Kenneth Branagh’s 1996 version of Hamlet was the first unabridged film version of the play. Running at four hours and two minutes it contains every word of Shakespeare’s classic play. Well every word except for a couple if you want to get technical. The film is a spectacular extravaganza as Branagh tries to instill the film with a sense of epic scope. He shot the movie on 65mm film, and until last year’s Paul Thomas Anderson’s The Master, it was almost the last film shot completely on 65mm film. 65mm was what such epics as Lawrence of Arabia was shot on.
Branagh stars as Hamlet with Julie Christie, Derek Jacobi, Richard Briers and Kate Winslet before she made Titanic. The film is amazing to watch, Shakespeare’s plays are meant to be seen not force read in some classroom. My only complaint is the celebrity cameos take you out of the movie for a moment. They were included as part of the film’s financing agreement. Studios want big names to drive audiences to the theatre but while watching the film as you become engulfed in the story you suddenly find yourself getting pulled out and noticing “Hey there’s Billy Crystal, or Robin Williams or Jack Lemmon.” Their performances aren’t bad but it is a little jarring.
There have been over fifty film versions of Hamlet. The first was a short scene shot in 1900 and starred Sarah Bernhardt as Hamlet sword fighting with Laertes. That’s right. The first screen Hamlet was a woman. The short was also one of the earliest sync sound efforts. It was followed by several silent versions. A 1921 German silent version starred actress Asta Nielsen as Hamlet but the story was changed so that Hamlet was really a woman disguised as a man.
Laurence Olivier wrote, directed and starred in the famous 1948 version which also won Best Picture at the Oscars. Despite all the acclaim there were some critics who took issue with Olivier tampering with Shakespeare’s work in order to make a two hour movie. In 1964 Russian filmmaker Grigori Kozintsev brought a Russian version of Hamlet to the big screen that was also highly praised despite not being in English. Also in 1964 John Gielgud’s stage production of Hamlet with Richard Burton was filmed and presented as a film, shot in Electronovision which was sort of a closed circuit TV gimmick.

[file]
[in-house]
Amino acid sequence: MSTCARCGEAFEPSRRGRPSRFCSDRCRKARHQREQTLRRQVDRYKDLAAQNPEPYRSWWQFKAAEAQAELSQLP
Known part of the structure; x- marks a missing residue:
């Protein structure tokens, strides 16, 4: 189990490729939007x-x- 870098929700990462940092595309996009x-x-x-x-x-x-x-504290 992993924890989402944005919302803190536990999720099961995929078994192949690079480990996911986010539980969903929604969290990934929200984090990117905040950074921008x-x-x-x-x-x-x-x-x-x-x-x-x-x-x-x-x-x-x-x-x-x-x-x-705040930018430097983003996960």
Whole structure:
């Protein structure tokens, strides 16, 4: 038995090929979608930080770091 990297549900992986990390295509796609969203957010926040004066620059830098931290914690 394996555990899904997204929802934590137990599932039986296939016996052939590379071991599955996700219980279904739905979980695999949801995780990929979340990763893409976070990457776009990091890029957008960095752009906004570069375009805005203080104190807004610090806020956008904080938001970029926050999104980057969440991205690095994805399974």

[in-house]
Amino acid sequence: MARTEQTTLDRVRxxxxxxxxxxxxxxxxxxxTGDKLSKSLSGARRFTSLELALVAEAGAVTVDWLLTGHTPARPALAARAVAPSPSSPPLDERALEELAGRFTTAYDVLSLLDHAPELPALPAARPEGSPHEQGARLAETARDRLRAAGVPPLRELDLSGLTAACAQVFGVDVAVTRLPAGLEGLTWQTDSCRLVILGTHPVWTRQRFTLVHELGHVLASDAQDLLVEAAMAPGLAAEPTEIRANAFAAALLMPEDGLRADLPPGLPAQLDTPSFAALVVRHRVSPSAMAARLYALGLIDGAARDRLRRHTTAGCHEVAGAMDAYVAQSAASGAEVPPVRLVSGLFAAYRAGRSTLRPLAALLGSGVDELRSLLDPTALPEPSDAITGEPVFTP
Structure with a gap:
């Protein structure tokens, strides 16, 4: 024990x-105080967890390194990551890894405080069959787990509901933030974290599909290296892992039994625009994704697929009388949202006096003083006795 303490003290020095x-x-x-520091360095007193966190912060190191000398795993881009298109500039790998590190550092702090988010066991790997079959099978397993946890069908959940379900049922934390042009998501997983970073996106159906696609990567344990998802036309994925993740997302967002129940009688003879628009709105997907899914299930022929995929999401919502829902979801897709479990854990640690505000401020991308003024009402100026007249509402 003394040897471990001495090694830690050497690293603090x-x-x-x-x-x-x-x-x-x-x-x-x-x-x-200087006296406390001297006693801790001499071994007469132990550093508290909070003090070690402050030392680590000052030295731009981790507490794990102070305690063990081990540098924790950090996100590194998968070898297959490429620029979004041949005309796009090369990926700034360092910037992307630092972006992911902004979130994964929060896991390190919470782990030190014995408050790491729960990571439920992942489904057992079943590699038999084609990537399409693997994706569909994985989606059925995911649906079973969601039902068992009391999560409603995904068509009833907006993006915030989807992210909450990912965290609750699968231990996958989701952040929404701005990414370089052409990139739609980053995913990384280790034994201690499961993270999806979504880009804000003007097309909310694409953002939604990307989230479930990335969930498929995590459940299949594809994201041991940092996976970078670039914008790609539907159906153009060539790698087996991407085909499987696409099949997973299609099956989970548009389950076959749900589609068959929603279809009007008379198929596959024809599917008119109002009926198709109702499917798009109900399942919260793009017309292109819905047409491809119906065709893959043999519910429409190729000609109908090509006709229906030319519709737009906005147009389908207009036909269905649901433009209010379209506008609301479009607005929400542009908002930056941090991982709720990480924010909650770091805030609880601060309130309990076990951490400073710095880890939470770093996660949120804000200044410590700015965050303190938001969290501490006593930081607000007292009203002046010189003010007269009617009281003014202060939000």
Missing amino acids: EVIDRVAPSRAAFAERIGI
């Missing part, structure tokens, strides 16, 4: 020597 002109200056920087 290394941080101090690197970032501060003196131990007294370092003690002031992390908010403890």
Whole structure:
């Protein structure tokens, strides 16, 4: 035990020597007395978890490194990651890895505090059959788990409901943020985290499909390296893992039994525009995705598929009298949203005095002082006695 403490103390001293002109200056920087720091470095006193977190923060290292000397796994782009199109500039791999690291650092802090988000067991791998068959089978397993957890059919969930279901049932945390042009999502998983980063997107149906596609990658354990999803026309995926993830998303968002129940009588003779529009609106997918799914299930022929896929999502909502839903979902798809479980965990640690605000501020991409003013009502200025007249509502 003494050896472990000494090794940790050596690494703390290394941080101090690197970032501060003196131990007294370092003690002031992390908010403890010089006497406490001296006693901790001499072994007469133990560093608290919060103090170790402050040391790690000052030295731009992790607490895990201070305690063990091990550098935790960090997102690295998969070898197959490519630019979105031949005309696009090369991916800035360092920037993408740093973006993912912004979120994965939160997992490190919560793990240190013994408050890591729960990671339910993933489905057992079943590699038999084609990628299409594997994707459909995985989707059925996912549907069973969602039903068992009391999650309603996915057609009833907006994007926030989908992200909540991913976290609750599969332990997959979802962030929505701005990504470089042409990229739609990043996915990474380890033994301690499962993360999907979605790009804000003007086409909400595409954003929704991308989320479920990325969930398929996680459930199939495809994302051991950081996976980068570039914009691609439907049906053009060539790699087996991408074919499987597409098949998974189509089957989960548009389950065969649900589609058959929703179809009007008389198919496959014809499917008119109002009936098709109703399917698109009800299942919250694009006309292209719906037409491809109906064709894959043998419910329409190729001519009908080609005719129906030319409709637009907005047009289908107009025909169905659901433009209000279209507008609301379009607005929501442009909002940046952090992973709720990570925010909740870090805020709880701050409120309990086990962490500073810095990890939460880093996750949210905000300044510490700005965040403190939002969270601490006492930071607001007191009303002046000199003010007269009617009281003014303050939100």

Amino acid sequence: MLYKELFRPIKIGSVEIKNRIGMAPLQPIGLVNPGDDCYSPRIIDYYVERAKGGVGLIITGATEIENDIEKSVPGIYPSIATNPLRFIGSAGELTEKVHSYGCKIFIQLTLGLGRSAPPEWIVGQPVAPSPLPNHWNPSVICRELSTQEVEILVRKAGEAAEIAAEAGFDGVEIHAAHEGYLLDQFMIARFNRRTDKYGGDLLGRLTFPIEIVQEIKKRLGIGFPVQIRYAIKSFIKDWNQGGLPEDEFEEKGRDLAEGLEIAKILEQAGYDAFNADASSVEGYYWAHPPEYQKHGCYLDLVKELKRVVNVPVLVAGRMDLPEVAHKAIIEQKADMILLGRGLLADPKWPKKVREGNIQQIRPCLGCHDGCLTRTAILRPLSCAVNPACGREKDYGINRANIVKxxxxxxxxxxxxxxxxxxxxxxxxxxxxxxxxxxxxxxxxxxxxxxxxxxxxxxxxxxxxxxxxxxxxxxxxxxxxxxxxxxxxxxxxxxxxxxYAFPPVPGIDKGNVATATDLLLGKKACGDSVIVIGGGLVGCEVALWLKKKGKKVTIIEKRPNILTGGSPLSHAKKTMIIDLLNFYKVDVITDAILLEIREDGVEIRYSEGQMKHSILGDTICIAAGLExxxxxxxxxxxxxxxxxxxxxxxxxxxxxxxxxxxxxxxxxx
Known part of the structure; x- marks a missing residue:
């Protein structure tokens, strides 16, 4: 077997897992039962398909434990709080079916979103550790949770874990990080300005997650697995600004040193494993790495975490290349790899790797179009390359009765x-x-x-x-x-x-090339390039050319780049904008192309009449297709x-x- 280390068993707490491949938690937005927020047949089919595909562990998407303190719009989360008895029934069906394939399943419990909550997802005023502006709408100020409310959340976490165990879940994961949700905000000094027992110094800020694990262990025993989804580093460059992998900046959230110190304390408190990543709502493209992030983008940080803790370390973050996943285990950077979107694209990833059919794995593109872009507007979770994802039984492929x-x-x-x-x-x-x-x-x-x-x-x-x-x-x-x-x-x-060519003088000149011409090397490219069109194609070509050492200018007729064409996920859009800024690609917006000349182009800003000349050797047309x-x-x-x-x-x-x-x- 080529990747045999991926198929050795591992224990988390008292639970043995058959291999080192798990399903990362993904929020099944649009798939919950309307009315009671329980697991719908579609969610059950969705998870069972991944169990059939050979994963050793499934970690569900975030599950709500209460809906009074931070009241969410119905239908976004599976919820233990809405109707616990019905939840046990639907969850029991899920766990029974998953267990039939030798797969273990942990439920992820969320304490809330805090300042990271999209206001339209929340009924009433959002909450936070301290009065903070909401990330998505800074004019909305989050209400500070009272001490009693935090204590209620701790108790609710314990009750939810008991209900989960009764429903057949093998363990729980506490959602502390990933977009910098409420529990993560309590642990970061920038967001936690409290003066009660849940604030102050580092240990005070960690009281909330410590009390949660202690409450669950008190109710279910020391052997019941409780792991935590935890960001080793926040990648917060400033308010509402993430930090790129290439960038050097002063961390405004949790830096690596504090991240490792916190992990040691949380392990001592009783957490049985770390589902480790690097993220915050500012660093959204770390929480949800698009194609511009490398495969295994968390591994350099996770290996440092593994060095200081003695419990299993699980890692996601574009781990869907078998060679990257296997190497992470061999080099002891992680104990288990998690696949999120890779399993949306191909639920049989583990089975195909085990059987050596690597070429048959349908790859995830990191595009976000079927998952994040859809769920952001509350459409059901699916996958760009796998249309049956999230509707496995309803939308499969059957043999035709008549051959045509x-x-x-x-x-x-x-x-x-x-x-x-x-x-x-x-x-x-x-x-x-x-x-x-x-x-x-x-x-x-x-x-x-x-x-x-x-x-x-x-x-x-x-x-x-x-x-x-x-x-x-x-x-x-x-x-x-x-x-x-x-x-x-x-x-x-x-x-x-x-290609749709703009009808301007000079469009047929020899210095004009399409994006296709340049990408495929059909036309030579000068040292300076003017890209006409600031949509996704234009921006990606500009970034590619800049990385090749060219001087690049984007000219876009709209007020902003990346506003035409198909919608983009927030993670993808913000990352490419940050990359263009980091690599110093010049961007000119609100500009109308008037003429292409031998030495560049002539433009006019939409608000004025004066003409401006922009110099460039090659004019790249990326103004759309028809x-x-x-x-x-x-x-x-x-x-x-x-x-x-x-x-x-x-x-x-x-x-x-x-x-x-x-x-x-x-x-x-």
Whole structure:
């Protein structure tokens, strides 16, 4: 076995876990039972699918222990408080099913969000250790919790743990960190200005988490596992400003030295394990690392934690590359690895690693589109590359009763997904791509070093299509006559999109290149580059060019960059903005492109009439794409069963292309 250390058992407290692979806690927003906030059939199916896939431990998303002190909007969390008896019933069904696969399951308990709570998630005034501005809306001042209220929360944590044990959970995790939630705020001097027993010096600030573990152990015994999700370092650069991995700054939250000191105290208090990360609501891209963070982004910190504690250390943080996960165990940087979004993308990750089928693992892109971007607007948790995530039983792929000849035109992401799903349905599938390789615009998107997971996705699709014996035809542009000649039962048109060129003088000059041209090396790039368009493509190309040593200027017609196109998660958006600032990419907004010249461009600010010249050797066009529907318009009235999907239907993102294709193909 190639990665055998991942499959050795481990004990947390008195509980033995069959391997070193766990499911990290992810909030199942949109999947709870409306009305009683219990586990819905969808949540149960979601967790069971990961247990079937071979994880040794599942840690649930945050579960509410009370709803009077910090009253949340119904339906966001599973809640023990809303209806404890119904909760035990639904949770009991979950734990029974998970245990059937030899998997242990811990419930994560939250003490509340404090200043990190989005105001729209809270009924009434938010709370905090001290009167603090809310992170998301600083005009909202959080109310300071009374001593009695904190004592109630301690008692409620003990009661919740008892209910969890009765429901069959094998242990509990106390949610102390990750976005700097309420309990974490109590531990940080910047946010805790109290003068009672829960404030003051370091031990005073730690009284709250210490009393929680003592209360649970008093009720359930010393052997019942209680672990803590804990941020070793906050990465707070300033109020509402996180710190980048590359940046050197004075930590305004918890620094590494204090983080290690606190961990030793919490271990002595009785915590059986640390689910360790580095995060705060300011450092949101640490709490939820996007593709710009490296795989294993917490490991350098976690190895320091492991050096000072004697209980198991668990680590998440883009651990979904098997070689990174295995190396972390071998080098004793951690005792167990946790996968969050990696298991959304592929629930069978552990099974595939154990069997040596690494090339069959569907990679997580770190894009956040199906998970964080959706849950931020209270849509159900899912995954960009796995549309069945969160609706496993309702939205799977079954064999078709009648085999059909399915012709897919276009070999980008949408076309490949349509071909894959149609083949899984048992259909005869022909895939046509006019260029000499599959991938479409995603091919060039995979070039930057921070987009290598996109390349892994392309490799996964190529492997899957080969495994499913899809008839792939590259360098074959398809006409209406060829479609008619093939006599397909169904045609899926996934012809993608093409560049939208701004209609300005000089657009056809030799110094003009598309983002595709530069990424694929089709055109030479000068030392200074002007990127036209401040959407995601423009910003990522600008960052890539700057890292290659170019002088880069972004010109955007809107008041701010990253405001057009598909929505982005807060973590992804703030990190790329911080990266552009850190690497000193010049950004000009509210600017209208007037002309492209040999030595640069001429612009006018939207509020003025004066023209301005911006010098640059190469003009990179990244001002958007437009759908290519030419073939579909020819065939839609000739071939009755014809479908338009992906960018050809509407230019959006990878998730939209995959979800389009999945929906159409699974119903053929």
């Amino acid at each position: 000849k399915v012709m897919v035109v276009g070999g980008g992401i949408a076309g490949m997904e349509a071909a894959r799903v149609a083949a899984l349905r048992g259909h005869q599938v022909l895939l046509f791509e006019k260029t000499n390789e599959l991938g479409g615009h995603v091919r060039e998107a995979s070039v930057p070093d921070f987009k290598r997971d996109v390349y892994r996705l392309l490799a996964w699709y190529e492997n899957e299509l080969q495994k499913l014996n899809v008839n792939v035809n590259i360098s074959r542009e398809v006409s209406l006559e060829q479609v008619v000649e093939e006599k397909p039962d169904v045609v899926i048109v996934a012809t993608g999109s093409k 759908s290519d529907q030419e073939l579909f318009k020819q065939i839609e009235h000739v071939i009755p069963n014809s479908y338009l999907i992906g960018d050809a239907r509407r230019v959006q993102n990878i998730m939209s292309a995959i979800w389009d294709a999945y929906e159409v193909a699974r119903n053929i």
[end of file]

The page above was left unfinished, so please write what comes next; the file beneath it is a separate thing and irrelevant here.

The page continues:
Tony Richardson’s 1969 Hamlet had tried to capture the audiences that flocked to Franco Zeffirelli’s Romeo and Juliet in 1968 by advertising it as a romance. Richardson’s version starred Nicol Williamson, Judy Parfitt, Anthony Hopkins and Marianne Faithfull. It failed to capture that audience. Franco Zeffirelli waited until 1990 to make Hamlet with Mel Gibson in the lead. After Branagh’s version there was a modern update made in 2000 with Ethan Hawke, Kyle MacLachlan, Diane Venora, Julia Stiles, Liev Schreiber and Bill Murray.
While everyone has their favorite adaptation of the play you can’t deny that Branagh’s version is fantastic. And yet it’s not as good as his Henry V.